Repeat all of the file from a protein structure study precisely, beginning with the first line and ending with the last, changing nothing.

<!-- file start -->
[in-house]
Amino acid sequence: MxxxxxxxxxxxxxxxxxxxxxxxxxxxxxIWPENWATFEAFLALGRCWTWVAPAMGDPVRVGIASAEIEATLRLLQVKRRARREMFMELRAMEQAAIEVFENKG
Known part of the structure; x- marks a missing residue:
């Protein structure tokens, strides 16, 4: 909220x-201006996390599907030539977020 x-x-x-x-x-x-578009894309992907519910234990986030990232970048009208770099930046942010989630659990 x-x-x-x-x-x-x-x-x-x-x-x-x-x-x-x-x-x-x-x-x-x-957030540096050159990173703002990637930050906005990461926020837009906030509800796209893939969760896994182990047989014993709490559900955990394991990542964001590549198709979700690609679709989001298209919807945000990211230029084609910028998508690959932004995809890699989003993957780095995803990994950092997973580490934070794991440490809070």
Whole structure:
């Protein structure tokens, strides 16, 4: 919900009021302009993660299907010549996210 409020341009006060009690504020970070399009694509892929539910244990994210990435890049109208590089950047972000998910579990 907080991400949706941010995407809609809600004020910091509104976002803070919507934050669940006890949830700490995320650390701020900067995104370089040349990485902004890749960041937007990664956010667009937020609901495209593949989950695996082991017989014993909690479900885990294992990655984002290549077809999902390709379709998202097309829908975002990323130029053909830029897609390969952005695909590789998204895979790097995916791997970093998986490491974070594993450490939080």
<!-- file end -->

[in-house]
Amino acid sequence: MxxxxxxxxxxxxxxxxxxxxxxxxxxxxxIWPENWATFEAFLALGRCWTWVAPAMGDPVRVGIASAEIEATLRLLQVKRRARREMFMELRAMEQAAIEVFENKG
Known part of the structure; x- marks a missing residue:
């Protein structure tokens, strides 16, 4: 909220x-201006996390599907030539977020 x-x-x-x-x-x-578009894309992907519910234990986030990232970048009208770099930046942010989630659990 x-x-x-x-x-x-x-x-x-x-x-x-x-x-x-x-x-x-x-x-x-x-957030540096050159990173703002990637930050906005990461926020837009906030509800796209893939969760896994182990047989014993709490559900955990394991990542964001590549198709979700690609679709989001298209919807945000990211230029084609910028998508690959932004995809890699989003993957780095995803990994950092997973580490934070794991440490809070």
Whole structure:
């Protein structure tokens, strides 16, 4: 919900009021302009993660299907010549996210 409020341009006060009690504020970070399009694509892929539910244990994210990435890049109208590089950047972000998910579990 907080991400949706941010995407809609809600004020910091509104976002803070919507934050669940006890949830700490995320650390701020900067995104370089040349990485902004890749960041937007990664956010667009937020609901495209593949989950695996082991017989014993909690479900885990294992990655984002290549077809999902390709379709998202097309829908975002990323130029053909830029897609390969952005695909590789998204895979790097995916791997970093998986490491974070594993450490939080």